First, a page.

The starting point was that A and B are propositions. It was not required that A and B are distinct, so there is a special case where A and B are the same. A->A does not state that there is no separate entity B... that's an interpretation that you've just invented. Yes, A->A can be called tautology, but we want to regard it as tautology even when A is false (which isn't "obvious") - that's one reason why the second truth table's first entry for A->B is 1. Taking this further would require you to define "assert", since you haven't given a formal definition of that term.

Given that the entries aren't forced (as mentioned below), one must add some rule(s) which it is desired that implication possesses. The entries can then be obtained using the rule(s). One rule might be ModusPonens?, which seems very reasonable, but something less obvious is needed for the first two entries, because they say that A->B is true when A is false, regardless of whether B is true or false. That simply isn't obvious, and no "real life" example will make it so.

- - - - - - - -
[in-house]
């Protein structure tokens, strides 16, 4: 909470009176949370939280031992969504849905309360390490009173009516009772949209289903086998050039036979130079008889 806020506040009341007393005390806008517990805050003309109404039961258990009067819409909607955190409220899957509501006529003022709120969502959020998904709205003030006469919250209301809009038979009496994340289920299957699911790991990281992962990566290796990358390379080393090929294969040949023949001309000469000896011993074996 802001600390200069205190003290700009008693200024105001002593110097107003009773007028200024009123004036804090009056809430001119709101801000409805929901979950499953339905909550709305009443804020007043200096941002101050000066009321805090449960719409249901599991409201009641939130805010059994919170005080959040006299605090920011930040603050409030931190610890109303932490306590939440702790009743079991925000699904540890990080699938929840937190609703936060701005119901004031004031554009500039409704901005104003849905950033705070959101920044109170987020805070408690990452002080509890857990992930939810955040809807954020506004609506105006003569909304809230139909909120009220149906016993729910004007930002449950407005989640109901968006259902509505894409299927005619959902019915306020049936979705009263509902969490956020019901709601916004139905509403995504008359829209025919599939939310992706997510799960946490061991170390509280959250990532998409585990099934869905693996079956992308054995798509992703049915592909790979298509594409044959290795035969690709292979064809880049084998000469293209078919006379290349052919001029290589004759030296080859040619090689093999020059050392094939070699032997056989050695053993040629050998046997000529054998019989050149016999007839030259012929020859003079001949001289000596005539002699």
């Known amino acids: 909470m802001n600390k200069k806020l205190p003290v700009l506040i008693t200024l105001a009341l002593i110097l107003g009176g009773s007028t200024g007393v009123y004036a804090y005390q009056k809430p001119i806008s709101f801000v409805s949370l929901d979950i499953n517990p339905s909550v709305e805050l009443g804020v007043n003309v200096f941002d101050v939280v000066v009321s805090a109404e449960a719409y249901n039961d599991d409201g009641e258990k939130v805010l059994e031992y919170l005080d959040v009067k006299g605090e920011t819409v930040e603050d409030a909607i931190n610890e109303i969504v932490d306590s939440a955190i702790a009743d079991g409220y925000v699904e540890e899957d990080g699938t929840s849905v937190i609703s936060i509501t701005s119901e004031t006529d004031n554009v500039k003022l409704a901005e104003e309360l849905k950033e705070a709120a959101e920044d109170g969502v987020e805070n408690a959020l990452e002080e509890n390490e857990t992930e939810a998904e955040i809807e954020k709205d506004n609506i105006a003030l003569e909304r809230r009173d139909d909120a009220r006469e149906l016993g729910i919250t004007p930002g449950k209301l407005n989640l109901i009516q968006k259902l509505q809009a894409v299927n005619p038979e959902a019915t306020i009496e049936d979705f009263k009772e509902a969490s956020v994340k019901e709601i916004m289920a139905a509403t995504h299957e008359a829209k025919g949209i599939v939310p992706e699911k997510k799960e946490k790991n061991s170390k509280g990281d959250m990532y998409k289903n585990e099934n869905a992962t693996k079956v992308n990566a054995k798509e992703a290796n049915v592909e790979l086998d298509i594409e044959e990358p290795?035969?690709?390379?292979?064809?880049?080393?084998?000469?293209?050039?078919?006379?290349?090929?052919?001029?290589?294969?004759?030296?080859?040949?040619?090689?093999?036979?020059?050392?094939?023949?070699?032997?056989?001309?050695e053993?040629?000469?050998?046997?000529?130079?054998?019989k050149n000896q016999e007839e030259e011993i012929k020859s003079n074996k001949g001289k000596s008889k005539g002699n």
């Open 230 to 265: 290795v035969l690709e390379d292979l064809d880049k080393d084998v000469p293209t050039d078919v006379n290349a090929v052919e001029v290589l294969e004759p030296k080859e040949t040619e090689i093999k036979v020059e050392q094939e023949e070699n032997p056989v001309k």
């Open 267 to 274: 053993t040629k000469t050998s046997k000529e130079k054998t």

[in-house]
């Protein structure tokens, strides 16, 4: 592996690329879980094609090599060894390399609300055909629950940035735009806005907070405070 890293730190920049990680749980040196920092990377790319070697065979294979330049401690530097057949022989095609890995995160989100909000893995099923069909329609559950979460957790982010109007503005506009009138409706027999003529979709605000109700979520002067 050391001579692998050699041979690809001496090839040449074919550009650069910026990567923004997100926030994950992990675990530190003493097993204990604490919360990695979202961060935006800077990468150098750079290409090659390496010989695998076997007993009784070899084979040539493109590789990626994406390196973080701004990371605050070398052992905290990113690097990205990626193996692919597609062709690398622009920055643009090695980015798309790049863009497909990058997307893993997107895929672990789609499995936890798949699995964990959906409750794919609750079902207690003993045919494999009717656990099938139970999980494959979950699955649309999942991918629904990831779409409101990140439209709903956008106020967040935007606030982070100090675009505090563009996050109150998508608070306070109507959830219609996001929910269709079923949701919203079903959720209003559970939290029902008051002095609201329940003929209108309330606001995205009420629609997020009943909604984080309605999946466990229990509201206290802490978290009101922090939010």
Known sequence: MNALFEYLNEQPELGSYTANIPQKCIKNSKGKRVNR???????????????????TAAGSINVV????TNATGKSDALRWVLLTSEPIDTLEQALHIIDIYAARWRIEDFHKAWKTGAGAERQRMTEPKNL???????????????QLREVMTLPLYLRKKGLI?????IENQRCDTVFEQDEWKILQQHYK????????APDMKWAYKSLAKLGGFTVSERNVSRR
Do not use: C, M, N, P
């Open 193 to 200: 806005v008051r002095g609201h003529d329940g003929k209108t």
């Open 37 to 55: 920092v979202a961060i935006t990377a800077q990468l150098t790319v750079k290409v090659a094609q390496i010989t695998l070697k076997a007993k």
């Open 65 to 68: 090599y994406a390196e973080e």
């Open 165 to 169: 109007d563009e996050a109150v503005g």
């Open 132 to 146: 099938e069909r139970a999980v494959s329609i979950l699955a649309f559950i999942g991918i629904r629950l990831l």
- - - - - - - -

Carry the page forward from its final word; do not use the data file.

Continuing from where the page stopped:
A->B is not "true" when A is false. It's not even "true" when A and B are true. Assertions do not have truth values in formal logic, propositions do. It's simple to demonstrate: The sky is blue, therefore I am Spartacus. These are both true propositions, but the argument is a complete non sequitur - one could even say it's false if your emphasis is on the 'therefore', but the best you can say is that it's not at all valid.